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ZTE stock jumps after US lifts crippling supplier ban

The telecom giant's shares jumped in Chinese trading.

ZTE is already seeing the benefits of the US lifting its supplier ban.
Manuel Blondeau/AOP.Press/Corbis, Corbis via Getty Images

ZTE's stock surged by 17 percent Monday morning after the company was freed from a crippling US supplier ban.

The Chinese telecom escaped the ban's shadow Friday when the US Department of Commerce announced that the company deposited $400 million in an escrow account, to be held to cover future violations.

The company's Hong Kong-listed stock opened up 5.5 percent, Reuters reports, and it rose more than 17 percent to 16.12 HK dollars ($2.05) by midday. The stock was 37 percent lower than it was in April, when trading was suspended for two months after the ban, the news gathering service noted.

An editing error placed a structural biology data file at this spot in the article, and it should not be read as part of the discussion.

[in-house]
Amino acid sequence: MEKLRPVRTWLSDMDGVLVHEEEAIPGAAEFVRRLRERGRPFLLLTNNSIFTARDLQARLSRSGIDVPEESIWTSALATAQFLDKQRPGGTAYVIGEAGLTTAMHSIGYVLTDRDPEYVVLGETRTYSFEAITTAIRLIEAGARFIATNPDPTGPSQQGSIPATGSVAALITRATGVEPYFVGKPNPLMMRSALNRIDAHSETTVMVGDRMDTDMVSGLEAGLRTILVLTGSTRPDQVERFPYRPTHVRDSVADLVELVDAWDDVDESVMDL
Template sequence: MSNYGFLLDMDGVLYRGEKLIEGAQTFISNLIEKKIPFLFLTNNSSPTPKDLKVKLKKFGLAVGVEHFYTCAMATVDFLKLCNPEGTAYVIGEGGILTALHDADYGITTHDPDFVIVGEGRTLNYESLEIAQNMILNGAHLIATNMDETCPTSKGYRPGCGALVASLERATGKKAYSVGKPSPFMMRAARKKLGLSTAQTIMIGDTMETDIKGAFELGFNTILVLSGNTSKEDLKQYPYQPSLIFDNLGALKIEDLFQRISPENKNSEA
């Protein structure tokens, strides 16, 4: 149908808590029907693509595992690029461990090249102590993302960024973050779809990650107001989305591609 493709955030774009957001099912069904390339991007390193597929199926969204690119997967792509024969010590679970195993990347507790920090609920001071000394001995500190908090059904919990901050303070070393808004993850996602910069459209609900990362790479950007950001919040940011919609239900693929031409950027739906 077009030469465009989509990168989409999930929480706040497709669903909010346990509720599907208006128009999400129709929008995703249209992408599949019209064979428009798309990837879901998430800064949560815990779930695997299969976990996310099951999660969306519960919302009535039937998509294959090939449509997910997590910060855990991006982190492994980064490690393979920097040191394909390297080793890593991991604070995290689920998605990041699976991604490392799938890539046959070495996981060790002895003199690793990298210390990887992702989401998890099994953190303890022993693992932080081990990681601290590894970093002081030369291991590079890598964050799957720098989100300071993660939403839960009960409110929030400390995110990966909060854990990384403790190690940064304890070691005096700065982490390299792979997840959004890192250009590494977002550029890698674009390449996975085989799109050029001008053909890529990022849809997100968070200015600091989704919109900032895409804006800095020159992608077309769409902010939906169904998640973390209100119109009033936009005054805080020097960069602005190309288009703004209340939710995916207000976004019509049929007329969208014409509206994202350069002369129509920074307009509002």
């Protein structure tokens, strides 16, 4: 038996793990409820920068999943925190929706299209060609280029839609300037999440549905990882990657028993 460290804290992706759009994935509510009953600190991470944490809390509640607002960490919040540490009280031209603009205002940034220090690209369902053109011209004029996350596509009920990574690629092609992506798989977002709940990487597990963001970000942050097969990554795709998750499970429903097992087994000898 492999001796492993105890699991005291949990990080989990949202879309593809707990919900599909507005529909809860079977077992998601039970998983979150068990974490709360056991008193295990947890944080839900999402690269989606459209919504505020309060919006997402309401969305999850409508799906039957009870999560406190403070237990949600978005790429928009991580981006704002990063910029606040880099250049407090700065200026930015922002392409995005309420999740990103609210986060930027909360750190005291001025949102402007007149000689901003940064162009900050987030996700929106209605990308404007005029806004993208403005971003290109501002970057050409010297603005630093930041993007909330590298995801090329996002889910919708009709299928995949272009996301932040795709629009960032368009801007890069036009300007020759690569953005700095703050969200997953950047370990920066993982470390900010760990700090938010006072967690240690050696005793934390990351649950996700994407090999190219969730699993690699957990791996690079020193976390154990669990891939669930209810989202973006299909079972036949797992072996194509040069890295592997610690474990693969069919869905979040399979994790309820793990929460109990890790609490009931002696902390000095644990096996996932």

Its Shenzhen shares rose by their 10 percent daily limit Monday morning.

The US Commerce Department issued the ban in May after the government determined that ZTE violated terms of its 2017 settlement by failing to fire or punish employees involved with illegally shipping US equipment to Iran and North Korea.

The seven-year ban crippled the company, which shut down major operations and left it unlikely to survive -- until President Donald Trump tweeted that he wanted the Commerce Department to work with ZTE on getting the ban lifted.

In June, the Commerce Department made a deal requiring ZTE to pay a total of $1.7 billion in penalties, including a $1 billion fine and the $400 million escrow deposit -- kicking off the long recovery process.